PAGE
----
Originally published in The Times Herald-Record on Sunday, November 11, 2001

   Four weeks and countless memorials after the shock of Sept. 11, firefighters gathered again at St. Mary's Church in Washingtonville to remember another of the fallen, Lt. Glenn Perry.
   About a half hour before the service, hundreds of firefighters milled about the parking lot. Under a brilliant blue sky there was laughter, the buzz of chatter in the air. After so many sad days when the bagpipers' wail of "Amazing Grace" echoed from one end of the Mid-Hudson to the other, it seemed that maybe, just maybe, everyone had cried all their tears.
 Then the black limousine carrying the Perry family arrived.
   Silence snapped across the parking lot. Smiles disappeared. A sea of grim gray faces in dress blue uniforms took their place.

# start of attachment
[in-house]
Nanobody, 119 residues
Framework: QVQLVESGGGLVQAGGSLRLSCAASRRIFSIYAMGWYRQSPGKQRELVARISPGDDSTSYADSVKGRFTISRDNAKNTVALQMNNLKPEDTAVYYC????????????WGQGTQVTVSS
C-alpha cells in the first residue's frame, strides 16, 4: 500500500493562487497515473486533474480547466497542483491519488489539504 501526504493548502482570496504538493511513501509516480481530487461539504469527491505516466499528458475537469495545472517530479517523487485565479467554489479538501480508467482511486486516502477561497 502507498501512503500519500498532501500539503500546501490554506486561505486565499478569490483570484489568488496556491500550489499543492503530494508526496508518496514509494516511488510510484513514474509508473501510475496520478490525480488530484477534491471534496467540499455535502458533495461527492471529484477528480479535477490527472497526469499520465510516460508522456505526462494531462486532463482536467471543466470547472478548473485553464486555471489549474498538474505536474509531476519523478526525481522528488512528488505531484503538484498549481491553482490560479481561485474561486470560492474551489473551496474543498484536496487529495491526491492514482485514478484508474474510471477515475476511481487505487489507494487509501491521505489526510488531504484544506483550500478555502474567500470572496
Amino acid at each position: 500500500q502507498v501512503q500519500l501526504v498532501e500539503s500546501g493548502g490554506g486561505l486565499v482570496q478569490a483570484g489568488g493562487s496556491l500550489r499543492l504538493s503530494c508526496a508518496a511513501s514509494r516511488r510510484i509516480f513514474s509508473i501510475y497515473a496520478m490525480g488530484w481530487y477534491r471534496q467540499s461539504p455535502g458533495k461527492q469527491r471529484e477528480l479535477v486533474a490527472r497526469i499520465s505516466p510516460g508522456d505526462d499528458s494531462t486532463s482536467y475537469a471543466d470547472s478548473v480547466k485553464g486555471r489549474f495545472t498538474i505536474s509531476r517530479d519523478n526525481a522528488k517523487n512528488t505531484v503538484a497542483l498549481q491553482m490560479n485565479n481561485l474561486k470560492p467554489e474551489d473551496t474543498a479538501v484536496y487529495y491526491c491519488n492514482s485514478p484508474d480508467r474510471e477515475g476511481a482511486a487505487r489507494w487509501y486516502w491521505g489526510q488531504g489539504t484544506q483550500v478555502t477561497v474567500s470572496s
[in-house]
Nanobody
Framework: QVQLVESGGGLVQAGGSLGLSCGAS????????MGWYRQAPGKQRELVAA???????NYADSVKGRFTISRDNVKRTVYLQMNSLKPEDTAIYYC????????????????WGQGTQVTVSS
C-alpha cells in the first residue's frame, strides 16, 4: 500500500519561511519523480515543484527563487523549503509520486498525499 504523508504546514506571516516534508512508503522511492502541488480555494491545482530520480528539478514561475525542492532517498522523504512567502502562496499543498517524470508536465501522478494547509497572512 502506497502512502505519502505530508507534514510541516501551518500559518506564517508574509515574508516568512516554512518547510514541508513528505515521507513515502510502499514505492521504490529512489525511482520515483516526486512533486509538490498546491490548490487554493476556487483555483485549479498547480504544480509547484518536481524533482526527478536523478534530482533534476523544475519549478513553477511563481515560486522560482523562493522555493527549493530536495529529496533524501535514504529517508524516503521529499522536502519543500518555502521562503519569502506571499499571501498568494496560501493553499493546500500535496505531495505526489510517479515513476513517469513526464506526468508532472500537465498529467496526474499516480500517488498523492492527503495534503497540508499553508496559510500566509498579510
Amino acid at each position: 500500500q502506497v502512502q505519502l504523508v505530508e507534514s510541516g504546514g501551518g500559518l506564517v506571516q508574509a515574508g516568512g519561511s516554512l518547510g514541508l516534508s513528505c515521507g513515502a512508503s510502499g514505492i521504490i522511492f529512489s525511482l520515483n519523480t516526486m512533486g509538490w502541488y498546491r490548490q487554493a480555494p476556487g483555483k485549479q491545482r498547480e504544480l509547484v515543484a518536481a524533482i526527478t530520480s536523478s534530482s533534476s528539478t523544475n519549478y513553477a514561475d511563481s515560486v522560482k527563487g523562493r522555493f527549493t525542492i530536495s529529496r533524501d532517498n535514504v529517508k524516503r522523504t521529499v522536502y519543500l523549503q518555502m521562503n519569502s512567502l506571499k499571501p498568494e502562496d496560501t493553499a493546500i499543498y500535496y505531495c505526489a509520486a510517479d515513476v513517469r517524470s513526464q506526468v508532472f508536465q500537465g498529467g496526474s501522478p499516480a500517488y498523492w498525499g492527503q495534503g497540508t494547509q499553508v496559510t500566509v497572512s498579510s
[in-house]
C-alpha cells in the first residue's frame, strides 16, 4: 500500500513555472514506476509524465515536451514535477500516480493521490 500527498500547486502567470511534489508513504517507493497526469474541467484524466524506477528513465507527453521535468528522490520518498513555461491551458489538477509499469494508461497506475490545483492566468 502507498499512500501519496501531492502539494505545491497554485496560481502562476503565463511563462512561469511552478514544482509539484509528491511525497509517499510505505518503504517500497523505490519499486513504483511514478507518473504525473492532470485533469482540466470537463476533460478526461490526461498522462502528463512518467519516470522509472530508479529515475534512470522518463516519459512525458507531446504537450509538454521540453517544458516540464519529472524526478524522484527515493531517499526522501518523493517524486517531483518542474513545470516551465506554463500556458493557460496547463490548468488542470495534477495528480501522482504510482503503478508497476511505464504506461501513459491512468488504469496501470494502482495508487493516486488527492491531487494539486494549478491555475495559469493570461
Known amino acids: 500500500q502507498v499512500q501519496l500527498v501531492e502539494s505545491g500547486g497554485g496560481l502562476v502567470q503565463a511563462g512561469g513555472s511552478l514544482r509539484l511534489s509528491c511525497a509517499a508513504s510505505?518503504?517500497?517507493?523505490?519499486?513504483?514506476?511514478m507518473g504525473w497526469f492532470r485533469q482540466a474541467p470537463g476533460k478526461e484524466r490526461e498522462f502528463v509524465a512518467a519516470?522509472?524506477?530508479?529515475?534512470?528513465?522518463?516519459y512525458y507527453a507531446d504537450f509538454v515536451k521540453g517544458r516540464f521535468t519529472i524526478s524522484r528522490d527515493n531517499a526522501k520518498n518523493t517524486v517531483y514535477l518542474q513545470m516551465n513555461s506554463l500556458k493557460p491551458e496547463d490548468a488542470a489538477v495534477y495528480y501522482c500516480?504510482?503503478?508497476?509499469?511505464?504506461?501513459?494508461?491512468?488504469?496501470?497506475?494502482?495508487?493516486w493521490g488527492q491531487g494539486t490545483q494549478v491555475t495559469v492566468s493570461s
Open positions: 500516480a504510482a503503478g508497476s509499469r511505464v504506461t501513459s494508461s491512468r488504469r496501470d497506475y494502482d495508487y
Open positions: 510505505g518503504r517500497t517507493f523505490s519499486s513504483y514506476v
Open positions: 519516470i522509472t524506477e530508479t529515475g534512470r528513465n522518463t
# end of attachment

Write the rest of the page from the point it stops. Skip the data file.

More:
From the limousine, among the Perry clan, a boy on the verge of manhood emerged, dressed in his dead father's uniform. Glenn Perry Jr. accompanied his mother and sisters up the steps of the church.
The sorrow struck again like a fist in the chest, just as it did at the first funeral a month before. Grown men wiped tears from their eyes. Young girls shook as they wept, clinging to each other, as another family faced its loss.
   After one funeral, FDNY firefighter Joe Prunty of Washingtonville was asked how many memorials he had attended. His life, he said, had become a blur. Work at Ground Zero searching for bodies among the rubble, come home and go to funerals.
   "How many? A half a dozen, seven, maybe," he said running his hand through his thick gray hair. "I don't know. I'm fried."

   Timothy O'Connor

© 2001 Orange County Publications, a division of Ottaway Newspapers Inc., all rights reserved.